JUST IN CASE
Traveller - my favourite breakfast reading which is always interesting and informative - had a story regarding airports. I would like to know whether anything is being done about the luggage carousel problem? I once had the embarrassing and inconvenient experience of picking up the wrong teal-coloured suitcase. Surely there could be a quick and easy way to link a bag to a passenger and avoid this issue.
Ruth Hoskin, Forest Hill, VIC
I refer to the list of annoying things at airports such as long lines, security checks, duty free and airport apps featured in your airports story (Traveller, October 9). When international travel opens again I will embrace all these things as it will signify I can travel again. I will welcome the jet lag that has enabled me to travel across to the other side of the world in under 24 hours. I will be happy to wear a mask for the duration of the flight. I will be happy to line up at my destination as I would have been sitting long enough anyway. Basically, I won't be annoyed by any of these trivial things.
Joanne Lloyd, Wagga Wagga, NSW
LETTER OF THE WEEK
Syangboche Airport, Nepal. Photo: Alamy
You call that a knife? In the October 9 print edition of Traveller, the "Where On Earth" section featured a photo of Tenzing-Hillary Airport, Lukla in Nepal. This 527-metre airstrip, at altitude 2860 metres is routinely rated as one of the world's most dangerous. It is also the starting point for treks to Everest base camp. However, about two days along from the base Camp trek is the market town of Namche Bazaar and above the town, at an altitude of 3780 metres, is Syangboche Airport with its short, unsealed 405 metre airstrip. The airport, which I saw on my last one overseas trip before the pandemic, was opened with a test flight by Royal Nepal Airlines on June 1, 1973 and it is the closest airstrip to Mount Everest. Now that's an airstrip.
Michael Jones, Richmond, Vic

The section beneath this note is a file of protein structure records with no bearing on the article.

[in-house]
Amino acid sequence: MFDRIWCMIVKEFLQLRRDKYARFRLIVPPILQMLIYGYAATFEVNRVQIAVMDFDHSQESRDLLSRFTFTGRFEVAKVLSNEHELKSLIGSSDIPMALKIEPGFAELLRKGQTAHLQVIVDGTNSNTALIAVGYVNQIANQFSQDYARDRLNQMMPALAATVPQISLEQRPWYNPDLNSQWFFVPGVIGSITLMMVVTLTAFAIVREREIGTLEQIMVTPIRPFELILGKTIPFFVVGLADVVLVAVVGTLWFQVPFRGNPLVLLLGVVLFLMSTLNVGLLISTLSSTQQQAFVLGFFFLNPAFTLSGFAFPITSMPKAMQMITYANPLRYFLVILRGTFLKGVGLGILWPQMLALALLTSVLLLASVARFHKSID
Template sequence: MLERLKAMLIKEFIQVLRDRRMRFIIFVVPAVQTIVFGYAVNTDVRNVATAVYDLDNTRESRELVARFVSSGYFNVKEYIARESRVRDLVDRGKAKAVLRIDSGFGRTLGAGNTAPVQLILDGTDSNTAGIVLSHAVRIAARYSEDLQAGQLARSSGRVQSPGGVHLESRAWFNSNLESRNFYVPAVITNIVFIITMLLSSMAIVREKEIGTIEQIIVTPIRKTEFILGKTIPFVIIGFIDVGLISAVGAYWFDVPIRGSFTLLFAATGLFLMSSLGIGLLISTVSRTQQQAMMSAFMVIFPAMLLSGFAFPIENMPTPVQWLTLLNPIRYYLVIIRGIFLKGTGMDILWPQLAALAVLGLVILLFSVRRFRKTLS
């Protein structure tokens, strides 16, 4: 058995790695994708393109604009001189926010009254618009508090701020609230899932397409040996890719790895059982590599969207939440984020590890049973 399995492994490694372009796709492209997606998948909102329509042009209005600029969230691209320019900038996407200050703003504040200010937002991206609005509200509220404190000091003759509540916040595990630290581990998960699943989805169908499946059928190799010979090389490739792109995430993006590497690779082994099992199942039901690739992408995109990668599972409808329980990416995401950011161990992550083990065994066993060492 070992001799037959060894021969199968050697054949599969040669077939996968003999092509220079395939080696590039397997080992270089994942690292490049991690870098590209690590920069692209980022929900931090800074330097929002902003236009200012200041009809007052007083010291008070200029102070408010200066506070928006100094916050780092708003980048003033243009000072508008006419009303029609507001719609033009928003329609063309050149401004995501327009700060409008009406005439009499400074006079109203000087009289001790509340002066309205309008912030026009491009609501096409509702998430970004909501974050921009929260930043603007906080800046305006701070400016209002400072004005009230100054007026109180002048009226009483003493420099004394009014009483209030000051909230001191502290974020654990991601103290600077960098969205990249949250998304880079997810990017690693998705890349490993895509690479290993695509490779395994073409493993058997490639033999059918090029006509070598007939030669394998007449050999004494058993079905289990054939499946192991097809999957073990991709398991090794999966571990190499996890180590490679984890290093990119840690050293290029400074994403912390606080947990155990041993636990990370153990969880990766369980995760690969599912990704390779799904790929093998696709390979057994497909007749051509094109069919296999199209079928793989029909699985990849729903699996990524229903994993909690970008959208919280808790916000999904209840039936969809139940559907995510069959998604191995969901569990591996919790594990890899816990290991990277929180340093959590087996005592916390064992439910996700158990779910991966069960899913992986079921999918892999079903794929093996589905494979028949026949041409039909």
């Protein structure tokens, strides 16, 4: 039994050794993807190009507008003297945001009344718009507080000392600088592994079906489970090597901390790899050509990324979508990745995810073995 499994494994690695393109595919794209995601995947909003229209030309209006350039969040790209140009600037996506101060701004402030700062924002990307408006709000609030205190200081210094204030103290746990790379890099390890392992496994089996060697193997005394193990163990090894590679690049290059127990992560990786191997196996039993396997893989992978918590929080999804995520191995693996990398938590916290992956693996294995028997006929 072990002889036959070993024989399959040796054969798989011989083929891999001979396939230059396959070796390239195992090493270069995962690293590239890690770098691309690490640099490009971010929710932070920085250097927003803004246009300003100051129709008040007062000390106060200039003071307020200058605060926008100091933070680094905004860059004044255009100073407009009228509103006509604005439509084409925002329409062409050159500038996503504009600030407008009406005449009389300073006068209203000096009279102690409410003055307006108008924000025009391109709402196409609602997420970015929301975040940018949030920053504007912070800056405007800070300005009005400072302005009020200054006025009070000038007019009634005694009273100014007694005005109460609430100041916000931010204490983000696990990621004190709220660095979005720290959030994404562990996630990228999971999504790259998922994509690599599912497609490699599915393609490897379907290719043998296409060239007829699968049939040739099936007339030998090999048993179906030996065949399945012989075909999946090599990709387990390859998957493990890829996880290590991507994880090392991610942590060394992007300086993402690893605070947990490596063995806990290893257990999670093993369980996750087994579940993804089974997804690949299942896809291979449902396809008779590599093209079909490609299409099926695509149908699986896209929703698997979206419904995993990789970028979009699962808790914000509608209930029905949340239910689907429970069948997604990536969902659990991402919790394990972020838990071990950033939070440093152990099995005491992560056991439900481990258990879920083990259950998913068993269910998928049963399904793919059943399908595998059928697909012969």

WE ARE NOT OK. OK?
'Are you OK?' Ben Groundwater's friends were prompted to ask, after seeing photos of him partying in Spain. Of course he was. He was travelling. Friends, now is the time to be asking those questions. We travellers are not okay. This week marks two years since I have left Australian shores. Pre-COVID, 12 months was an eternity to spend at home. The year began with the collective hope of travel bubbles - New Zealand, Singapore and Fiji. Slowly though, our expectations have eroded, and even interstate travel has been scrubbed. Instead of passport stamps and postcards, all we have to show for 2021 is a long list of credit voucher codes. The end of lockdown and opening of borders cannot come quickly enough for us travellers. If you don't hear from us in 2022, know that we are okay, as long as we're somewhere else in the world.
Stu O'Brien, St Kilda VIC
Ben Bradley's letter (Traveller Letters, October 9) is a good reminder to us all to check the cancellation policy of any accommodation we book. I have planned a trip to Tasmania for April and May next year and booked most of our accommodation through Airbnb. However, this time I made sure that every place had a flexible cancellation policy so I could cancel without penalty a few days before our arrival. I can't believe that in the current climate hosts still have cancellation policies that only allow a free cancellation 48 hours after booking. I assume that any host who has this rule in place, given the current circumstances, is hoping to make money for nothing and deserves to have no bookings at all.
Debra Miniutti, Ashbury, NSW
I read with interest the problems that various travellers have with getting refunds from Airbnb operators. Yes, I'm sure they have lost a lot of money during the pandemic, as have many unfortunate businesses and individuals, and I hope they are able to survive. However as your reader wasn't able to get a refund, and was ostensibly a guest of the Airbnb in question, I hope he is able to write a suitable review so I am forewarned. That seems only fair.
Narelle Niven, Tumbi Umbi, NSW
For every one host like the one referred to by Ben Bradley in Traveller Letters, there are hundreds of others who have bent over backwards for their guests and will again. As an operator, I've spent dozens upon dozens of hours phoning Airbnb to ensure refunds are given to each and every guest. Have some consideration for your host as many have had no government help at all. If I stopped hosting after every bad guest I'd have left the business years ago, though fortunately the good greatly outweighs the bad. If you don't think you've more than made up for it in cost savings compared to hotels over the years at other Airbnbs then maybe you do need to go back to those expensive hotels
Kevin Cameron, Meaney's Rest, Hawker, SA
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